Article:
When custody is changed, the new custodial parent gets to make most of the parenting decisions and do most of the parenting tasks. However a mother who feels cut out of the children’s lives is a mother who is more likely to seek to regain custody. Allowing the mother some input into routine decision making (or even allowing her to make some minor decisions on her own) lessons the sense of loss in having custody changed. Offering a non-custodial parent a bit of extra time and being flexible on visitation schedules engenders good will. Making sure the children’s care providers know the mother’s identity, provide her the same information they provide the father, and are open to reasonable communication from her, reduces a non-custodial mother’s fear of losing her relationship with her children.

Encouraging the children to maintain a good relationship with their mother not only decreases the likelihood of her seeking a change of custody, it insulates a father from claims of parental alienation. In contrast, a father who habitually undermines mother’s visitation with the children or deliberately limits her role as a parent should anticipate a change of custody being sought and runs a risk of it succeeding.

Lesson: If you’ve “won” custody, be a gracious winner

4. Stepmom is there to assist, not to parent

The surest way for a change of custody to a father to lead to domestic disharmony is to have the stepmom and the children in conflict. Often this occurs because the father is delegating too many parenting duties to stepmom. Perhaps the worst such behavior is when father, to avoid conflict with the mother, requires the mother to address parenting issues with the stepmother, while he avoids communication with the mother. Requiring a mother to go through the stepmother to get information about her own children infuriates most mothers.

Further, allowing stepmothers to do too much of the parenting will lead to conflict between the children and the stepmother. Discipline that a child might accept from a parent, is often intolerable when coming from a stepparent. When the children hate the stepparent, expect a change of custody to be sought.

It’s the custodial parent’s job to parent the children and to communicate about children’s issues with the other parent. Delegate those roles to a stepparent and angry children and co-parents are the natural result. A choice between relinquishing custody of one’s own children or separating from one’s own spouse is a choice to be avoided. Yet, when one delegates too much of the parenting to the stepparent, that’s a common occurrence. It’s much easier to keep custody when the children like the stepparent and the other parent doesn’t hate her.

Lesson: A stepparent in conflict with the children or the other parent is a liability in any custody case

5. Think well of the mother (and make sure the adults in your household do too)

By the time one’s children are old enough to speak, they are likely to be reporting much of what they hear in one household to the other household. In their father’s house, all they should hear about their mother is what a wonderful mother she is and how much she loves them. If they hear otherwise, they are likely to report that to the mother, who may eventually seek a change of custody to remedy that situation.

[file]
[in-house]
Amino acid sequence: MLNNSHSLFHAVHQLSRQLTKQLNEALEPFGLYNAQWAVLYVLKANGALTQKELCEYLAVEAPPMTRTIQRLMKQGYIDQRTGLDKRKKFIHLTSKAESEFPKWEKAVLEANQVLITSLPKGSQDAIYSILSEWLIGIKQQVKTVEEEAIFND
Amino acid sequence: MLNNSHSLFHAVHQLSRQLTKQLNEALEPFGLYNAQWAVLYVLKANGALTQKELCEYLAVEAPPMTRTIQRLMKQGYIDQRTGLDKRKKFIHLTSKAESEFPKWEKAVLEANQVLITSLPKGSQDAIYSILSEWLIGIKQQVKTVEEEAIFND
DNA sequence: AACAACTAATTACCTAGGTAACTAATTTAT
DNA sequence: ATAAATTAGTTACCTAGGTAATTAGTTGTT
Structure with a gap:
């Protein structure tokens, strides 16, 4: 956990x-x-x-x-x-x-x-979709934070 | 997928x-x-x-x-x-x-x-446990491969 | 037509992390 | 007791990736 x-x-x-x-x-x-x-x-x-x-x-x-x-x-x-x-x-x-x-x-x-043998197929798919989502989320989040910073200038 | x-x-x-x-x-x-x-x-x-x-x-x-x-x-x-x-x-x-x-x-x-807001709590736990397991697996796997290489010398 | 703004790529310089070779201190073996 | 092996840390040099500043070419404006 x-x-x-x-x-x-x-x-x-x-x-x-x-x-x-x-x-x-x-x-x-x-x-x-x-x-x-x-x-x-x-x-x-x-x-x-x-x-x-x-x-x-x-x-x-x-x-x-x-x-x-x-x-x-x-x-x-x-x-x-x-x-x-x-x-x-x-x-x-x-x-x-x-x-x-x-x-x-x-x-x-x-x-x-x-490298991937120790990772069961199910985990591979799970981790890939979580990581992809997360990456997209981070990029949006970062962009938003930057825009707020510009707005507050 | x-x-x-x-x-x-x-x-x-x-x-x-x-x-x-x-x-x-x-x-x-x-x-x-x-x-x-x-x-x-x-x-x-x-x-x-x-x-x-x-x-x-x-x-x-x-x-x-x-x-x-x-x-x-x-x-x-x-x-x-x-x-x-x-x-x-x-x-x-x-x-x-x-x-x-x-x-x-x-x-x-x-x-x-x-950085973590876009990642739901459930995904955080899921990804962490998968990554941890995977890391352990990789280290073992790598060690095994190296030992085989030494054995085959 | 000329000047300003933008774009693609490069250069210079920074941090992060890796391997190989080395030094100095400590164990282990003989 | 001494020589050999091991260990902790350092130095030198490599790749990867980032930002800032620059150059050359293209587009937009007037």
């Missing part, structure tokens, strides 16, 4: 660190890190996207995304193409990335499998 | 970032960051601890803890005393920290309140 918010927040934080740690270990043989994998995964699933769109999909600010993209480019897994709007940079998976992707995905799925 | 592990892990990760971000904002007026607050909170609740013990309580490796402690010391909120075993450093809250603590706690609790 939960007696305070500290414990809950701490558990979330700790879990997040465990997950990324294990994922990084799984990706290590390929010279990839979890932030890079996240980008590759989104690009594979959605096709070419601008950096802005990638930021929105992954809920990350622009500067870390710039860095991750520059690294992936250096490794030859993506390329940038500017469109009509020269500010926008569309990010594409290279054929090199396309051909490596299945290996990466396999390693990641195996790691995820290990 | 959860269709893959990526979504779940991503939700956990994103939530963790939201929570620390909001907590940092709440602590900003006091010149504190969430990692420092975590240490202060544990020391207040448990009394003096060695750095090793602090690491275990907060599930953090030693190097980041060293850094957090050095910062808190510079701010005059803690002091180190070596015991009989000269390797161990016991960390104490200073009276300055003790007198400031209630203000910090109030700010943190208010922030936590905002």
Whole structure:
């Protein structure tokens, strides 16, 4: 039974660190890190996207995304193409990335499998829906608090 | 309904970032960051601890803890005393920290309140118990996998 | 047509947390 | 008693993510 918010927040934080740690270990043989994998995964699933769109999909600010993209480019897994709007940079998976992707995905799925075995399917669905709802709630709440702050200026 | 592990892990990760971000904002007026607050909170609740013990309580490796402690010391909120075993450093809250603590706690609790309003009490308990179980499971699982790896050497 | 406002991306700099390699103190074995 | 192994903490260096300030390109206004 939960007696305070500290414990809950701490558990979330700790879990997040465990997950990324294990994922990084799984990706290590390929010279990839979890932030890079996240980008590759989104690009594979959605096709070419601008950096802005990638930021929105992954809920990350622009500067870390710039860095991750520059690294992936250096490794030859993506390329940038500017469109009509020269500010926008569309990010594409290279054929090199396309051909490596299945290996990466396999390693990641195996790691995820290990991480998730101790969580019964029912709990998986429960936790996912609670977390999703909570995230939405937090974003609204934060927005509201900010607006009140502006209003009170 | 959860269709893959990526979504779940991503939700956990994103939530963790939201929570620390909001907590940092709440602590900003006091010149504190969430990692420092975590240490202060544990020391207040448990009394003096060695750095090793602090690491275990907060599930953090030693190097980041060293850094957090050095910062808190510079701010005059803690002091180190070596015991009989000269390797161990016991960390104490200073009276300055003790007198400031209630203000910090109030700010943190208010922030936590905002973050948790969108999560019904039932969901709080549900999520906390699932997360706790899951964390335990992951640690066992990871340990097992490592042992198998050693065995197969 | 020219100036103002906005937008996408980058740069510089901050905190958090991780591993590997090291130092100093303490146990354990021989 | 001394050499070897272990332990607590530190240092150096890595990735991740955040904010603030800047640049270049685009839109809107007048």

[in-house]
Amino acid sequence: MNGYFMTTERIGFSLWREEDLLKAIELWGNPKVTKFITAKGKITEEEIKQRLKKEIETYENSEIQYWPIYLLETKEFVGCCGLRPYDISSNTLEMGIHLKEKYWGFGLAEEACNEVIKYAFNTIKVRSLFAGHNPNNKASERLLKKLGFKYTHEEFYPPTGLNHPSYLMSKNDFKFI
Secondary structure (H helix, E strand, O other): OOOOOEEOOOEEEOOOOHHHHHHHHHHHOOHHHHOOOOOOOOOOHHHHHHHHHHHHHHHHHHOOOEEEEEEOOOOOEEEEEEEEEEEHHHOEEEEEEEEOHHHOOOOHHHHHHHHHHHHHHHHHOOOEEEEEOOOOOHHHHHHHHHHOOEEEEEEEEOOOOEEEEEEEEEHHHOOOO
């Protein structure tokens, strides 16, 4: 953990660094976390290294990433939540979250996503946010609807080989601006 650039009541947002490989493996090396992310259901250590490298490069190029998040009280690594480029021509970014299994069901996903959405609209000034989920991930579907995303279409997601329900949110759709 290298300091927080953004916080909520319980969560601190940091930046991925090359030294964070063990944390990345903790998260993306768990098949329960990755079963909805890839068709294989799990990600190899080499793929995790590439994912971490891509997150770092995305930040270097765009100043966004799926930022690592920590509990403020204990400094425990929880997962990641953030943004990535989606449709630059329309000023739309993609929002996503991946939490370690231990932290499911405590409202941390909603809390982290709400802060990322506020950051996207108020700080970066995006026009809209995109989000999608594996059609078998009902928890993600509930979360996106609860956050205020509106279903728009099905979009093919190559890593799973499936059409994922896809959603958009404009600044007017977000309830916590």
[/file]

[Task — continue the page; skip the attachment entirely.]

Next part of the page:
It’s not enough to merely speak well about the mother–children pick up on attitudes. They have finely tuned antenna for discerning when one person doesn’t like another person (think middle-school). If father, stepmother, or other adult members of father’s household don’t think much of mother, they will know it–and they will tell mother about it.

One can choose to focus on others’ positive attributes. One can choose to focus on others’ negative attributes. When one has custody, there is no reason to focus on the co-parent’s negative attributes (one already has custody) and focusing on that parent’s positive attributes will engender a feeling in one’s children that “daddy likes mommy.” This makes the children happier. Even if it doesn’t make the mother happier, it will at least make it less likely that she seeks to regain custody, and limits her ability to claim parental alienation if she does.

Lesson: Be nice to the other parent and good things will happen

It’s sad to see one’s efforts to obtain custody for a father go for naught because that father did things that led to custody being returned to the mother. Fathers who’ve done the things recommended above are less likely to face a request to return custody–and much less likely to have that request succeed. Fathers who did the opposite have often found they expended treasure and effort to obtain a result they could not keep–and now had to face a custodial mother angered by her temporary loss of custody.

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[1]Nothing prevents this advice from applying to mothers who gain custody of children from fathers but, in 24 years of practicing family law, I’ve yet to see a mother gain custody of a child from a father where she has not previously been an equal or primary care provider of that child.